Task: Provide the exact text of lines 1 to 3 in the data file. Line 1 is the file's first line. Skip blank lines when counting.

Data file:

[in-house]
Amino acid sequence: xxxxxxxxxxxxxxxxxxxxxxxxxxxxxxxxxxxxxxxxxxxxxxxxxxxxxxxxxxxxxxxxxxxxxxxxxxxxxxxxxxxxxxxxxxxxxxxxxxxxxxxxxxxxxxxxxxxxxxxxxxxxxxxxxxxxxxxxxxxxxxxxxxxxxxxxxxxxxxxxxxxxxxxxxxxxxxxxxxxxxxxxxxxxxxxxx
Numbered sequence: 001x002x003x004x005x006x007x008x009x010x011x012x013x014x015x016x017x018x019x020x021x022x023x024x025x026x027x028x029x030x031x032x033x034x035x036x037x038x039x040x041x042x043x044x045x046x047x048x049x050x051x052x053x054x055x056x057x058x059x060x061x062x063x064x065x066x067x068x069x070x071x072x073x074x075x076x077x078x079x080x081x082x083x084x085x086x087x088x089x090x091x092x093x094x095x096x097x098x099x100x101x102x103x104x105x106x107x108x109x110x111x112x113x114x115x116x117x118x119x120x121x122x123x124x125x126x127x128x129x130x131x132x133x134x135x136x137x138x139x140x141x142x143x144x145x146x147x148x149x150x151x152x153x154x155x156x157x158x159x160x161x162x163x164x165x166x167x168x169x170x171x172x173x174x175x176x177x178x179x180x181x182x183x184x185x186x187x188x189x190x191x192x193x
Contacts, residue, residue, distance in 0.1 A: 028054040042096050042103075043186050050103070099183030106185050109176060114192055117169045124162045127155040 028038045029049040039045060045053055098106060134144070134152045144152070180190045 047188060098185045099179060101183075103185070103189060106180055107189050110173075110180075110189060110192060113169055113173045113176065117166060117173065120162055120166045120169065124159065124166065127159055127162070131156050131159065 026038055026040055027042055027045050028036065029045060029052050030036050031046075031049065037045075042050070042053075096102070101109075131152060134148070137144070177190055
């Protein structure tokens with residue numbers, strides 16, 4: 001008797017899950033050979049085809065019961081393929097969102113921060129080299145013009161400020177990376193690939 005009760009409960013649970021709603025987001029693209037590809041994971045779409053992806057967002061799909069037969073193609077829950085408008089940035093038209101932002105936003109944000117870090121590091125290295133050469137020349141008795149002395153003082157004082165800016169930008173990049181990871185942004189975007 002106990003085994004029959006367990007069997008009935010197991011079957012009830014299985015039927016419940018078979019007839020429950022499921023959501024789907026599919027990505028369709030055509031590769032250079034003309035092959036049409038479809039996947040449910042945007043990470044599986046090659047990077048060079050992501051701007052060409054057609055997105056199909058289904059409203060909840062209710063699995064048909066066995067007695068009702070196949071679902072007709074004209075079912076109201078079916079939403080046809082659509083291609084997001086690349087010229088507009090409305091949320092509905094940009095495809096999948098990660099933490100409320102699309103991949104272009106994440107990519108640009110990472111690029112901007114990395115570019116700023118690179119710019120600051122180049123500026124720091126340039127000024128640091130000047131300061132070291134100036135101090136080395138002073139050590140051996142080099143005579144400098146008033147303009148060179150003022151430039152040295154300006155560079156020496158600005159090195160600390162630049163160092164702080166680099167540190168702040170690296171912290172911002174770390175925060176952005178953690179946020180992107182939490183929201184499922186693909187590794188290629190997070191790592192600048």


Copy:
[in-house]
Amino acid sequence: xxxxxxxxxxxxxxxxxxxxxxxxxxxxxxxxxxxxxxxxxxxxxxxxxxxxxxxxxxxxxxxxxxxxxxxxxxxxxxxxxxxxxxxxxxxxxxxxxxxxxxxxxxxxxxxxxxxxxxxxxxxxxxxxxxxxxxxxxxxxxxxxxxxxxxxxxxxxxxxxxxxxxxxxxxxxxxxxxxxxxxxxxxxxxxxxx
Numbered sequence: 001x002x003x004x005x006x007x008x009x010x011x012x013x014x015x016x017x018x019x020x021x022x023x024x025x026x027x028x029x030x031x032x033x034x035x036x037x038x039x040x041x042x043x044x045x046x047x048x049x050x051x052x053x054x055x056x057x058x059x060x061x062x063x064x065x066x067x068x069x070x071x072x073x074x075x076x077x078x079x080x081x082x083x084x085x086x087x088x089x090x091x092x093x094x095x096x097x098x099x100x101x102x103x104x105x106x107x108x109x110x111x112x113x114x115x116x117x118x119x120x121x122x123x124x125x126x127x128x129x130x131x132x133x134x135x136x137x138x139x140x141x142x143x144x145x146x147x148x149x150x151x152x153x154x155x156x157x158x159x160x161x162x163x164x165x166x167x168x169x170x171x172x173x174x175x176x177x178x179x180x181x182x183x184x185x186x187x188x189x190x191x192x193x